X-rays can cause mutations in the patient’s DNA and, therefore, might lead to cancer later in life. For this reason, X-rays are classified as a carcinogen by both the World Health Organization (WHO) and the US government. However, the benefits of X-ray technology far outweigh the potential negative consequences of using them. It is estimated that 0.4% of cancers in America are caused by CT Scan and this level is expected to rise in parallel with the increased usage of CT scans in medical procedures.

Each procedure has a different risk associated with it, depending on the type of X-ray and the part of the body being imaged. In example:

  • Chest X-ray is equivalent to 2.4 days of natural background radiation


  • Lumbar spine is equivalent to 182 days of natural background radiation


  • Upper gastrointestinal barium exam is equivalent to 2 years of natural background radiation


  • CT head is equivalent to 243 days of natural background radiation


  • CT abdomen is equivalent to 2.7 years of natural background radiation.

Even though the X-ray has been associated with risk of cancer, their benefit if used properly surpass their claimed danger: the importance of making the right diagnosis and choosing the correct course of treatment makes X-rays far more beneficial than they are dangerous.

Whether there is a small risk or no risk at all, the X-rays are here to stay.


Wessam Bou-Assaly is a highly experienced radiologist in Michigan with long years of practice.



Tuesday, 14 June 2016

Wessam Bou-Assaly - 3 Tips for Succeeding as a Doctor

Doctors have one of the most difficult professions. Wessam Bou-Assaly graduated from medical school in 2000. He completed a radiology residency as well as a neuroradiology fellowship and a nuclear medicine fellowship. He is a dedicated doctor who has conducted research in radiology, neuroradiology, and nuclear medicine. In order to succeed as a doctor, you need to be dedicated, hard-working, and always willing to learn.

Doctors should be dedicated to their patients and to their professions. Many doctors are charged with diagnosing and then treating their patients. They need to be able to accurately diagnose an injury or and illness, and then be able to choose the best course of treatment for their patient.

Medical professionals also need to be hard-working. The medical field is demanding and difficult. Doctors are responsible for their patients’ health and lives on a daily basis. These doctors need to be willing to put in the hours needed to help diagnose and treat their patients.

The medical field is constantly advancing. A successful doctor pays attention and be updated to the research in his or her field. Doctors need to be current on state of the art treatments and cutting edge research. Doctors need to regularly take classes and read their colleague’s research in order to provide their patients with accurate diagnoses and effective treatments.

Wessam Bou-Assaly is a doctor and a radiologist located in Ann Arbor, Michigan. He studied neuroradiology as well as nuclear medicine at the Indiana University, School of Medicine after he earned his medical degree.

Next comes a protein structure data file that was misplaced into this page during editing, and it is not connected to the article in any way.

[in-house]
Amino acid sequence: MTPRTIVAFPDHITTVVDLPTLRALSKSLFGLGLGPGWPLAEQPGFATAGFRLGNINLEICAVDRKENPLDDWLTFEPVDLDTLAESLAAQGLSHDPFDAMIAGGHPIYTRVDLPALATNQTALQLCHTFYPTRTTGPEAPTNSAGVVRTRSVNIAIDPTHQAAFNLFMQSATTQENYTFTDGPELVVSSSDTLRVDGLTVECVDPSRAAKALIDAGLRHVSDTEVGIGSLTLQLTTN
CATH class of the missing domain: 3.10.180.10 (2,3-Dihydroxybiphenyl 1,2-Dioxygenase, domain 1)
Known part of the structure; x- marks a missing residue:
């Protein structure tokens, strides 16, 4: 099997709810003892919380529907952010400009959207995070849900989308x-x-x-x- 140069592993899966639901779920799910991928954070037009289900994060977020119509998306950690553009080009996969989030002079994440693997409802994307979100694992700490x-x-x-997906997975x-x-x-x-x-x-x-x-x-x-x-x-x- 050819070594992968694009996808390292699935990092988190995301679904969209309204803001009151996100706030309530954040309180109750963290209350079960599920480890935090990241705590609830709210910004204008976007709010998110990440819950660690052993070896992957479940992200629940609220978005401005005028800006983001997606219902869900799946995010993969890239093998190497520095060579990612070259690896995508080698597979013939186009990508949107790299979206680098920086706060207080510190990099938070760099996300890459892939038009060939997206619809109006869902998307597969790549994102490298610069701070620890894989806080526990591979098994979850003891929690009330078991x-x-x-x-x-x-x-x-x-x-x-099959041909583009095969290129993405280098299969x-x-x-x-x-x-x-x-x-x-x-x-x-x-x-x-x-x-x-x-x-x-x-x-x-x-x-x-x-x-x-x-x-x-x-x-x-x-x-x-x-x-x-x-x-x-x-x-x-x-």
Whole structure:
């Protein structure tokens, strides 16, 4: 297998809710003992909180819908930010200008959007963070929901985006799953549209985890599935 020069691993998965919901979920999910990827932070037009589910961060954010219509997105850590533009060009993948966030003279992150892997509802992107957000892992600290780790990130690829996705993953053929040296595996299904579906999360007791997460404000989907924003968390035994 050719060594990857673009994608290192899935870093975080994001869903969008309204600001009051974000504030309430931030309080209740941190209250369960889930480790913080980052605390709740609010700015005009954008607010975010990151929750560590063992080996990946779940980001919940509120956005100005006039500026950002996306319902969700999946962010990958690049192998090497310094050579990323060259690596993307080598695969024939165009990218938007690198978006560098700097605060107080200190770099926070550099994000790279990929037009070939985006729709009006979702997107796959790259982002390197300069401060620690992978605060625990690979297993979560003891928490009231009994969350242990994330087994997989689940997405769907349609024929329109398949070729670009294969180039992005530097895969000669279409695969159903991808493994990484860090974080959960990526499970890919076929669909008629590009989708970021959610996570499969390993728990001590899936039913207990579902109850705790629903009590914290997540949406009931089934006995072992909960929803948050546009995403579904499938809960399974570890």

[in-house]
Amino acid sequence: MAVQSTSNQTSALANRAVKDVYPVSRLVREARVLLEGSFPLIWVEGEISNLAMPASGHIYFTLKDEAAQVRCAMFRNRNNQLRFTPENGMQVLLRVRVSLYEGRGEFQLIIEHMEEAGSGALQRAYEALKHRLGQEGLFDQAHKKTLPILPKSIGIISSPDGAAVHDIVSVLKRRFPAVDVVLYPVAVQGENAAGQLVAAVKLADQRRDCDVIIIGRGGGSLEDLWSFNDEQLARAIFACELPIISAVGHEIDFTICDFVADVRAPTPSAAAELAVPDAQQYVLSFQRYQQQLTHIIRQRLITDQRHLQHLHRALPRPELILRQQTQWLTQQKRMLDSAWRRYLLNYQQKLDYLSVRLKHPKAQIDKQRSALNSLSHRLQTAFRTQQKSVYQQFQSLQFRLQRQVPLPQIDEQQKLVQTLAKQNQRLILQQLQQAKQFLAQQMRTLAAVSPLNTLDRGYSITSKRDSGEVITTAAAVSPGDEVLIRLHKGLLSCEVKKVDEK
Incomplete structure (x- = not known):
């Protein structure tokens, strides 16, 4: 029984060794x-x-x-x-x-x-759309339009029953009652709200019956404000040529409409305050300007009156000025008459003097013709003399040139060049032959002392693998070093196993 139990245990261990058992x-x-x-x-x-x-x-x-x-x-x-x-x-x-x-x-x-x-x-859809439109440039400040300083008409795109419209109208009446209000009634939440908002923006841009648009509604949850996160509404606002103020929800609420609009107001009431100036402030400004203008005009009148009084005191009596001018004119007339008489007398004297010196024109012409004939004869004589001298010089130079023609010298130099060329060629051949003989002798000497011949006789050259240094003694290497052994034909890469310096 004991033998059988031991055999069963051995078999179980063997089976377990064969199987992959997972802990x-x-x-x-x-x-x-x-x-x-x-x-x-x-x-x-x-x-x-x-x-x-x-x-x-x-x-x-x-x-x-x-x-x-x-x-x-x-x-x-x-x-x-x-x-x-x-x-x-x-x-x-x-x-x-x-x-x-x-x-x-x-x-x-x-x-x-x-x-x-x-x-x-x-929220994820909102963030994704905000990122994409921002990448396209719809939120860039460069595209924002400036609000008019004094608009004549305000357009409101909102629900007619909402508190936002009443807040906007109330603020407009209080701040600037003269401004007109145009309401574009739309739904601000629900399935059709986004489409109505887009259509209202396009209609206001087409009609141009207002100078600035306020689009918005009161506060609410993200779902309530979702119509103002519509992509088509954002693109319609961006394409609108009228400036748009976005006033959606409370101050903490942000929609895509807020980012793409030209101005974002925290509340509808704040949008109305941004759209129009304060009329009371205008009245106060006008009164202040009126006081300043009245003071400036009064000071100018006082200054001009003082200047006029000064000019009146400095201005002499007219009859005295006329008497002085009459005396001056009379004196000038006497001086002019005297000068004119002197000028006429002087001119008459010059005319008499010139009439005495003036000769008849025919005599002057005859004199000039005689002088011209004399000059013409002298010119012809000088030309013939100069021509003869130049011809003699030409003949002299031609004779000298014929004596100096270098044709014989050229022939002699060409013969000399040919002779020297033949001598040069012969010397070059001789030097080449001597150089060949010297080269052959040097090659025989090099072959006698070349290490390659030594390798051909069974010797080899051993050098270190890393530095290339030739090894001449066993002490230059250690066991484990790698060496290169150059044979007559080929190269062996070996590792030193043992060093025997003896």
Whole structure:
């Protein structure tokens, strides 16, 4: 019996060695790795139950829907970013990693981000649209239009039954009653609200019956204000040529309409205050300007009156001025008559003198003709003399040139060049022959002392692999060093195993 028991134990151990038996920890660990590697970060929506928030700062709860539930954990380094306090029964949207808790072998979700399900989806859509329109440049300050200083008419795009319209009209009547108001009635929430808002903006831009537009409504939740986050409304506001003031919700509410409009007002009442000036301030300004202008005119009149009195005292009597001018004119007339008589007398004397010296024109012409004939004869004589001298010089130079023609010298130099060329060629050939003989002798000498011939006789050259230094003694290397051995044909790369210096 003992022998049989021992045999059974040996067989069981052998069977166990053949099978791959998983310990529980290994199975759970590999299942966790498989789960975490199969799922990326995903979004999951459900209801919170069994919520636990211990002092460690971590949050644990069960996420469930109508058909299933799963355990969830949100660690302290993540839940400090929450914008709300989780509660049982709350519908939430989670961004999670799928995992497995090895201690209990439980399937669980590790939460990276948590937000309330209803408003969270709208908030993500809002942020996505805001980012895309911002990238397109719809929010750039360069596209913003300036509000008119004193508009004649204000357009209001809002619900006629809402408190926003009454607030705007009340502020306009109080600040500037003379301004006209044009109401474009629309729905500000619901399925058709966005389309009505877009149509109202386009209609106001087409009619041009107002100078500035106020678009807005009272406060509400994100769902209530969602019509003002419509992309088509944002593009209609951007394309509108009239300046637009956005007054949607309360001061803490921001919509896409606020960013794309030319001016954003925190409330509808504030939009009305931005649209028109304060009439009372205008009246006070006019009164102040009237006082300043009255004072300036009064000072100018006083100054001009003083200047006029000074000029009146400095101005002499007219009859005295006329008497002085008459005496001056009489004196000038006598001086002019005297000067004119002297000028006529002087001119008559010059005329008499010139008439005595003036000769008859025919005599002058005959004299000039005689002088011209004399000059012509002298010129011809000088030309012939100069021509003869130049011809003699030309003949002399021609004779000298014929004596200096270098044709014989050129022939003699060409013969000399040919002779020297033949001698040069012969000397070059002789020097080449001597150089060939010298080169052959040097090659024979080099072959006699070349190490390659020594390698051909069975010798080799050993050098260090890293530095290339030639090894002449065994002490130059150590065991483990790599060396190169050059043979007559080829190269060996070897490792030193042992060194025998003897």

Sunday, 12 June 2016

What is Nuclear medicine

What is Nuclear Medicine?

Nuclear medicine refers to medications that are attached to a radioisotope (radioactive material); the drug is called a radiopharmaceutical. Several different radiopharmaceuticals are available today to study various parts of the body and treat some conditions and diseases.

The radioisotope which is attached to the drug is usually called a "tracer". The most common tracers used in nuclear medicine are thallium-201 and fludeoxyglucose (18F) (18F-FDG), gallium-67, indium-111), iodine-131, iodine-123, and technetium-99m.

The radiopharmaceutical is administered either by injection, orally (swallowing) or as an inhalation. It is designed to target a specific part of the body where there might be some abnormality or disease. The radioactive part of the drug emits gamma rays which are detected using a gamma camera. The doctor can then see what is happening inside the body.

Nuclear medicine is commonly used to evaluate the gallbladder, liver, thyroid, lungs and heart. Physiological function can be determined well using nuclear medicine, rather than anatomical detail.

Nuclear medicine can, for example, be used to identify lesions deep inside the body without having to open up with patient (surgery). It can also determine whether certain organs are working properly; it can determine whether the heart is pumping blood adequately, or whether the brain is getting enough blood, and whether the brain cells are functioning properly.

After having a heart attack, nuclear medicine procedures can help accurately assess the damage to the patient's heart.

Nuclear medicine is useful in locating the brain sites of seizures (epilepsy), Parkinson's disease and Alzheimer's disease.

Nuclear medicine can also be used to treat patients. Thousands of people with hyperthyroidism are treated every year using radioactive iodine. Certain types of cancers, as well as bone pain resulting from cancer can also be treated.

With the most advanced equipment, nuclear medicine images can be used almost simultaneously with CT scans, making detailed anatomical studies possible.